Thanks to reader Mark for catching the Washington Post's front page piece by Joe Stephens conducting an in-depth investigation of the Tiger Woods Foundation's charitable giving and expenses. Stephens finds that, yes purses are a tad excessive in golf.
Tell me what you think, but I felt like the piece was stretching to make the point that there are too many conflicts of interest surrounding Foundation operations.
The charities that host such PGA Tour events collectively raise millions of dollars for good works in the community. Last year, the PGA and related tours reported having raised a total of $105 million. "We're very proud of that," said Ron Price, the Tour's chief financial officer.For me, this seemed to put a damper on most of the conflict-of-interest issues:
Less well known is that much more money goes toward expenses and operations -- especially the purses taken home by golfers. Tour officials said their average tournament provides golfers with a purse of $5.7 million and, after paying costs associated with the event, generates $1.75 million for charity.
"You can certainly question the validity of calling something a charitable event when so much money goes to individuals," said Sandra Miniutti of Charity Navigator, a watchdog organization that rates nonprofits on efficiency.
Charity specialists say such disparities are not uncommon when it comes to special fundraising events. "It is not unusual for them to be on the expensive side, and relatively slim on the charity," said William Josephson, a New York lawyer who specializes in the ethics of philanthropy.
Charity Navigator gives the Tiger Woods Foundation four stars -- its highest rating. One reason is that the foundation in 2005 reported spending $1 million, a relatively low percentage of revenue, on management and fundraising expenses. A factor keeping those numbers low, but not considered in the rating, is the foundation's receipt of millions of dollars raised by its sister nonprofit, the Charity Event Corp., which reports its expenses separately.
The Charity Event Corp. is the least known of Woods's charities but brings in the most money. The organization's fundraisers include the Target World Challenge golf tournament at Sherwood Country Club north of Los Angeles and Tiger Jam concerts in Las Vegas.
From 2004 through 2005, Charity Event Corp. raised $29 million and gave $6.7 million in grants and contributions to Woods's foundation and other charities, IRS records show. Much of the remainder went toward expenses, including golf prizes totaling more than $10.25 million. As in the case of many tournaments, officials at the charity said, the PGA Tour subsidizes part of the purse in exchange for television rights.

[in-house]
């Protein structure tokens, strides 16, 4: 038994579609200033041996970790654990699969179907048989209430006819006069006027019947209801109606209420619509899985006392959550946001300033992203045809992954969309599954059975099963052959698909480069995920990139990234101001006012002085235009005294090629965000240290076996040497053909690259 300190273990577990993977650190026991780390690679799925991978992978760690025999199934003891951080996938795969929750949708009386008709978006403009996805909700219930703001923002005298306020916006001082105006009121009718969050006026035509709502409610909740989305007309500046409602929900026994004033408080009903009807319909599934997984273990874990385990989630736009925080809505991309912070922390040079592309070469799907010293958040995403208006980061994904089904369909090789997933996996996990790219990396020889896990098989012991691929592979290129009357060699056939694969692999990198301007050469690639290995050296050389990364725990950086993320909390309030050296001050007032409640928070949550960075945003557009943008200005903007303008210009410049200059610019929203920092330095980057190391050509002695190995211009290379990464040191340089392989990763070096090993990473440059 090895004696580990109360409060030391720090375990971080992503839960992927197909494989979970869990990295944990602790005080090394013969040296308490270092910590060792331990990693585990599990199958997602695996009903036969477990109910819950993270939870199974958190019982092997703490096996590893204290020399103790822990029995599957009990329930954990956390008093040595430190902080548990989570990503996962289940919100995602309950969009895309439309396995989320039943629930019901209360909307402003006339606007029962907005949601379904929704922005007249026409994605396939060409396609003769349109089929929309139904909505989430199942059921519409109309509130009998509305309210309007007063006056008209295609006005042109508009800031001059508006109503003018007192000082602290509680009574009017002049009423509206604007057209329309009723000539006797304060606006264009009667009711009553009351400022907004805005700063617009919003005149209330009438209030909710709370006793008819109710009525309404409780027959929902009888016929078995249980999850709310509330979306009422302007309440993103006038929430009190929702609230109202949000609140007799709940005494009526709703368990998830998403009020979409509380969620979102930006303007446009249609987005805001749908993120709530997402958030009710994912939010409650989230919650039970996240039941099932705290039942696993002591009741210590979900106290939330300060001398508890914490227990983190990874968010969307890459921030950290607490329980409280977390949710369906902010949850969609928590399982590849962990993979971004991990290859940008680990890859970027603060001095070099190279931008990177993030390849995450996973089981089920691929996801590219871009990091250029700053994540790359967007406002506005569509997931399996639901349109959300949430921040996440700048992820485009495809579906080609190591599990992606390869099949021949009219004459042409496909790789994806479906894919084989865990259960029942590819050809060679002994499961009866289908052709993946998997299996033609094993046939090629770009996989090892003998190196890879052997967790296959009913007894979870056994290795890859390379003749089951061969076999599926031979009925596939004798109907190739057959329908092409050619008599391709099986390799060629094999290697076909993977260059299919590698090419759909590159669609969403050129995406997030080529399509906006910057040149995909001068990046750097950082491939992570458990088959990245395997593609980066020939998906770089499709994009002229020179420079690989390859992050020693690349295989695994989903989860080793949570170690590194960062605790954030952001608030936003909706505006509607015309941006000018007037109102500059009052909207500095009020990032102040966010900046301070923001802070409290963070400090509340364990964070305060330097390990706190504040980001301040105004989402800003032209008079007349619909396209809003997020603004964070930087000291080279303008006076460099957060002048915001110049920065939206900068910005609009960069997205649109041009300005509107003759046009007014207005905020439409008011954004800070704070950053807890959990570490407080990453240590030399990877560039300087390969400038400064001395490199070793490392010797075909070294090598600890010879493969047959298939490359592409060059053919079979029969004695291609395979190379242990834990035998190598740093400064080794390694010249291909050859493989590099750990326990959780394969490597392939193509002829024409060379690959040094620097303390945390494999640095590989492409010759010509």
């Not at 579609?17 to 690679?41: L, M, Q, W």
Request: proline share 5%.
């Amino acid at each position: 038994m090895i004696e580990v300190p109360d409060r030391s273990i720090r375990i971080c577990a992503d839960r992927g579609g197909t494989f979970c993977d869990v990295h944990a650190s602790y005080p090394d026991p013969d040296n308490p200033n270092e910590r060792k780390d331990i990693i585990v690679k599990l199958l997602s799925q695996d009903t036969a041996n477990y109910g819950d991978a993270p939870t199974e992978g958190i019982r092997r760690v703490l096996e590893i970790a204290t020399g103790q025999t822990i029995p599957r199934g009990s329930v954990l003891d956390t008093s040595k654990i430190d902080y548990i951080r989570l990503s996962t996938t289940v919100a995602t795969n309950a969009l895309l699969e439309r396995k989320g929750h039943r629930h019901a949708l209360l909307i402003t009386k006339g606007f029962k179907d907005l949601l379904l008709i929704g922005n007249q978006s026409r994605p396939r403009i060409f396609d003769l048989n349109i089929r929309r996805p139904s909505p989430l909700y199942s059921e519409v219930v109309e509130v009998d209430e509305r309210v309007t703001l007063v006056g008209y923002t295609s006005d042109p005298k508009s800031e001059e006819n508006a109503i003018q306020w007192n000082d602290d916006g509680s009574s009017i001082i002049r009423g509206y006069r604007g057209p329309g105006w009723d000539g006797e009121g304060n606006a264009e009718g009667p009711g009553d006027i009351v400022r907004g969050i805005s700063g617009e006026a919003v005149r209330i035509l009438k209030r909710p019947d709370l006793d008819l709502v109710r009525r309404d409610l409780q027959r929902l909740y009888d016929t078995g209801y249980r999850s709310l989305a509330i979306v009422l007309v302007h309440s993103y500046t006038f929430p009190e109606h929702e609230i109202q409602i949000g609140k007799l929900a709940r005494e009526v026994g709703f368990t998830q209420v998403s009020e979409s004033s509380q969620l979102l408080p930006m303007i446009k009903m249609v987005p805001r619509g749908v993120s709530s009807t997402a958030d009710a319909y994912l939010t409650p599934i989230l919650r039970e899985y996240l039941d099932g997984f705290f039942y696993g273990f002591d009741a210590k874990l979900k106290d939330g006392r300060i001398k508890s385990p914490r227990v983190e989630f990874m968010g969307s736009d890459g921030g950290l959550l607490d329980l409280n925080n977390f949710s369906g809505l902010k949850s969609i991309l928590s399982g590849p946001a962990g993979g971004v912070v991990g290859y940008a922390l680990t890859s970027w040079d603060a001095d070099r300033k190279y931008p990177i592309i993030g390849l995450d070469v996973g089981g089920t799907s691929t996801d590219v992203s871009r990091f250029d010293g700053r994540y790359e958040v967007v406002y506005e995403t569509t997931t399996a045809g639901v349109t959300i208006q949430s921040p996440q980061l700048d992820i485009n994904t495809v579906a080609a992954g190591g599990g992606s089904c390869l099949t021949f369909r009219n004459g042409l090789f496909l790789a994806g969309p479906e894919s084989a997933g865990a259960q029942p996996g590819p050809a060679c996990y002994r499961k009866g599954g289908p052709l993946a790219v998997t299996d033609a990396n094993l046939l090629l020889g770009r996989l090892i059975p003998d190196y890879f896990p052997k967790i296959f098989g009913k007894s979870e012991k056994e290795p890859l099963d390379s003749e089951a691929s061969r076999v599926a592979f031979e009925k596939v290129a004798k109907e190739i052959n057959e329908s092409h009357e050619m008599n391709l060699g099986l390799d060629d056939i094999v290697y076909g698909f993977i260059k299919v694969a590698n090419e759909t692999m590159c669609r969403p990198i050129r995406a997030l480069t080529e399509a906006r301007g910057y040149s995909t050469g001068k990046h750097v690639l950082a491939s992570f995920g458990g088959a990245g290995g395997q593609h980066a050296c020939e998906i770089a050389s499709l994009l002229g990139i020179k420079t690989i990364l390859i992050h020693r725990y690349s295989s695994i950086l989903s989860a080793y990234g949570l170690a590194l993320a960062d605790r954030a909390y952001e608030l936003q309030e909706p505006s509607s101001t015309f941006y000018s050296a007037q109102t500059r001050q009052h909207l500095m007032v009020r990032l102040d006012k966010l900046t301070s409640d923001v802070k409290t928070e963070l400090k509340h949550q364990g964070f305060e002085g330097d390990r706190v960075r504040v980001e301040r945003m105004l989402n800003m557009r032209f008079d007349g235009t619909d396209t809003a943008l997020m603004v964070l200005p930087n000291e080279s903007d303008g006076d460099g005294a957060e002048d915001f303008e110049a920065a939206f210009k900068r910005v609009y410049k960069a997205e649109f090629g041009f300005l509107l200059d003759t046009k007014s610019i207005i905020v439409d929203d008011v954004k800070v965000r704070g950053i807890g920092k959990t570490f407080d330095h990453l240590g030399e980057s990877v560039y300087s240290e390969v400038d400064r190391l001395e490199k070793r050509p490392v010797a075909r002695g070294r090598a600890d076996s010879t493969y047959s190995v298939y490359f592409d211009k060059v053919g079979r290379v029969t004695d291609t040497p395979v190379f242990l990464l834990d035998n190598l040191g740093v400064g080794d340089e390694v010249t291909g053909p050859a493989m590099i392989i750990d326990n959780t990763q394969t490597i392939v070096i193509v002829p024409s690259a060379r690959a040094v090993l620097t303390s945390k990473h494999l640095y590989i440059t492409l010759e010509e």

This part was intriguing...
From 1999 to 2002, records show, the Tiger Woods Charity Event Corp. paid $375,000 to IMG for what the nonprofit's tax returns describe as consulting services. IMG has helped develop Woods's public image and helped win him millions of dollars in corporate endorsements.
In 2000, the head of IMG's golf division, Mark Steinberg, joined the board of the Tiger Woods Foundation. Steinberg is Woods's agent at IMG.
Charity watchdogs are always on the lookout for conflicts of interest and self-dealing at nonprofit organizations. One charity has established a Web site that offers stark advice about how sports agents can use athletes' foundations to collect a bigger paycheck.
"By setting up a foundation . . . for your client you can obtain COMPENSATION FOREVER from gifts made from this foundation," says the Web site of the National Heritage Foundation. "You, the agent, may receive compensation directly."
McLaughlin said there was no conflict of interest between Steinberg's board position and the payments to IMG. The payments were commissions for the company's work attracting sponsors for its tournaments, he said. In recent weeks, IMG has been working to line up financial backers for the AT&T National, and IMG will be paid commissions for any sponsorship money it brings in, he said. Such commissions are paid competitively and IMG receives no special consideration from the charity.